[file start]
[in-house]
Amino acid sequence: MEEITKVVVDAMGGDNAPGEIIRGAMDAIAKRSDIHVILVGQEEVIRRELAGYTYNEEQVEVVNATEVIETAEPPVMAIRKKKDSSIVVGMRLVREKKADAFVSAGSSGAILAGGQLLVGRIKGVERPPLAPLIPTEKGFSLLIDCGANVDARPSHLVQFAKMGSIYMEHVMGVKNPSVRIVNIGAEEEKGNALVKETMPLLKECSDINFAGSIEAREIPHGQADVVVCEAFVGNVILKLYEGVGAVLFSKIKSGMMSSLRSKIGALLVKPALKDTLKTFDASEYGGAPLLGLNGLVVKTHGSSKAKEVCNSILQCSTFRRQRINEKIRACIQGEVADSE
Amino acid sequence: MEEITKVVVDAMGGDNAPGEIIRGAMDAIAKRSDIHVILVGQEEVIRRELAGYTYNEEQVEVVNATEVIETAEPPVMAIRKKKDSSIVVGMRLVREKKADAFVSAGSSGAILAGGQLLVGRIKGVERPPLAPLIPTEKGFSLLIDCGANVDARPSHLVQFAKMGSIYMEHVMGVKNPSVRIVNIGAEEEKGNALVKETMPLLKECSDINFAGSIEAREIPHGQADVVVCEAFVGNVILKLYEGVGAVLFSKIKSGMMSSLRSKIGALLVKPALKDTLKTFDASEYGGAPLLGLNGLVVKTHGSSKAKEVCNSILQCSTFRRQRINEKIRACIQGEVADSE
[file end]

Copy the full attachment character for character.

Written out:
[in-house]
Amino acid sequence: MEEITKVVVDAMGGDNAPGEIIRGAMDAIAKRSDIHVILVGQEEVIRRELAGYTYNEEQVEVVNATEVIETAEPPVMAIRKKKDSSIVVGMRLVREKKADAFVSAGSSGAILAGGQLLVGRIKGVERPPLAPLIPTEKGFSLLIDCGANVDARPSHLVQFAKMGSIYMEHVMGVKNPSVRIVNIGAEEEKGNALVKETMPLLKECSDINFAGSIEAREIPHGQADVVVCEAFVGNVILKLYEGVGAVLFSKIKSGMMSSLRSKIGALLVKPALKDTLKTFDASEYGGAPLLGLNGLVVKTHGSSKAKEVCNSILQCSTFRRQRINEKIRACIQGEVADSE
Amino acid sequence: MEEITKVVVDAMGGDNAPGEIIRGAMDAIAKRSDIHVILVGQEEVIRRELAGYTYNEEQVEVVNATEVIETAEPPVMAIRKKKDSSIVVGMRLVREKKADAFVSAGSSGAILAGGQLLVGRIKGVERPPLAPLIPTEKGFSLLIDCGANVDARPSHLVQFAKMGSIYMEHVMGVKNPSVRIVNIGAEEEKGNALVKETMPLLKECSDINFAGSIEAREIPHGQADVVVCEAFVGNVILKLYEGVGAVLFSKIKSGMMSSLRSKIGALLVKPALKDTLKTFDASEYGGAPLLGLNGLVVKTHGSSKAKEVCNSILQCSTFRRQRINEKIRACIQGEVADSE